Mrs. Stafford Promotes Restorative Practices at GHS


Mrs. Stafford poses with the former GHS equestrian team.

Lauren Claire Avelino, Staff Writer

Restorative Practices are programs for people to come together and build strong connections through meaningful conversations. For several years now, schools around the Glendale community have been doing these practices and Mrs. Electra Stafford is the Restorative Practices coach at Glendale High School. 

Mrs. Stafford is an English teacher and has been teaching at GHS since 2001. She is from Los Angeles, California and loves to care for and ride her horse Einstein. Even though it is scary to ride with him at times, she claims that it is “an opportunity for me to confront those fears.” 

 During these past years as a Restorative Practices coach, Mrs. Stafford has been working with other teachers at school, helping them solve difficult situations and providing them with resources that can be useful for teaching. She shares that she has gone through a lot of training to learn about this program, “using the practices to create smaller groups of people who may be struggling” and need help. 

She also shares that these practices are used in different places. This idea began in the prison system in the 1970s, and it was originally called Restorative Justice. It has helped people who are incarcerated to “express their remorse to the victims and the victim’s families.” It also makes them reflect on past actions that they’ve done, thinking of ways on how to take responsibility for and change their behavior.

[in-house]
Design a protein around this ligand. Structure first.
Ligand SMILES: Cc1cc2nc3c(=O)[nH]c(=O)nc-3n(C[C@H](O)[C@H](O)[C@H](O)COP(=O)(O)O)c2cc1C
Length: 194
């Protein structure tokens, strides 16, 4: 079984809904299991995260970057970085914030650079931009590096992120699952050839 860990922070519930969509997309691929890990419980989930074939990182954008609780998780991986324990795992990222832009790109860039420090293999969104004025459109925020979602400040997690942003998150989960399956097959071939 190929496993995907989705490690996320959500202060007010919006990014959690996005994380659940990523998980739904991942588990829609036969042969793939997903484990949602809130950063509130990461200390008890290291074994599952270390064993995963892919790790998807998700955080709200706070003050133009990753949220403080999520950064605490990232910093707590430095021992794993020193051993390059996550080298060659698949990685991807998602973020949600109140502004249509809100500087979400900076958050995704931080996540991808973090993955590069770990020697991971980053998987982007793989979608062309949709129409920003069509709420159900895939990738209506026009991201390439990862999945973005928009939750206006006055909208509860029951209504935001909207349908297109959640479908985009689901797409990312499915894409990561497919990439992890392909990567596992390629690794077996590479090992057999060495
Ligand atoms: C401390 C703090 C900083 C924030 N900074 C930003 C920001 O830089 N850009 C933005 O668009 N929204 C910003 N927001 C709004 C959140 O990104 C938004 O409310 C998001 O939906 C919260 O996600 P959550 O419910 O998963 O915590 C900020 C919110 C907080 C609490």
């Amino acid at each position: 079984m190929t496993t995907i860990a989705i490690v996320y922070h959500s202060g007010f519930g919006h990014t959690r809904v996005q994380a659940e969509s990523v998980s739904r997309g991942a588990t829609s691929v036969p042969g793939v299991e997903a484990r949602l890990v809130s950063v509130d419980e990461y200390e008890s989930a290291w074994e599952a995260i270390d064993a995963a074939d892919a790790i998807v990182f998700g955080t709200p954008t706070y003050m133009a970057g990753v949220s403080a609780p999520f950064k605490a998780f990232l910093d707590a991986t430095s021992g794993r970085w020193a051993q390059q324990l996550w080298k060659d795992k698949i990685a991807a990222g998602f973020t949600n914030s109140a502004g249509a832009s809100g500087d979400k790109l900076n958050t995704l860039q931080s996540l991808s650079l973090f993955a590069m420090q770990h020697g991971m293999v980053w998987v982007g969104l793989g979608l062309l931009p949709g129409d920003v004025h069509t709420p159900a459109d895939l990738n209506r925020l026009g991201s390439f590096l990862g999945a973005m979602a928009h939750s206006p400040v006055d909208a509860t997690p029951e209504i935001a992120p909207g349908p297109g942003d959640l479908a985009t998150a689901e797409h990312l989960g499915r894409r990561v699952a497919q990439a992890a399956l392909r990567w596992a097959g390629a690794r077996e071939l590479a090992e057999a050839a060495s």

The Olivia Macaulay Restorative Practices Room.

Typically in a normal school year, teachers at GHS would have their students stand in a circle and answer specific prompts. Some teachers would even bring them to the Restorative Practices room in the 4000 building, since it would make them feel more comfortable. However, our current online environment has shifted these collaborations to Zoom.

Over the past few weeks, Mrs. Stafford has conducted Restorative Practices for students who want to talk about the conflict in Artsakh, to express how they feel and also to inform others on the things that we should know. She plans on keeping these practices every week as a safe space for students to open up.

The pieces of advice that Mrs. Stafford would give to students during these times of uncertainty is that “you’re not alone” and “don’t stay alone.” She wants students to know that they should reach out to friends or adults that they trust at school and at home. “We are all in this together”, she claims.

Mrs. Stafford believes that the future is bright and prosperous. In a couple of years, she sees herself pursuing equine therapy and working with teenagers. She also wants to remind students to “always take positive steps towards having a positive future” and to learn to be adaptable and resilient, especially when unwanted situations occur.  

If you are willing to participate in these restorative practices with Mrs. Stafford, you can email her at [email protected], or ask your teacher for the Zoom link. These meetings will be held every week after school at 2:30pm!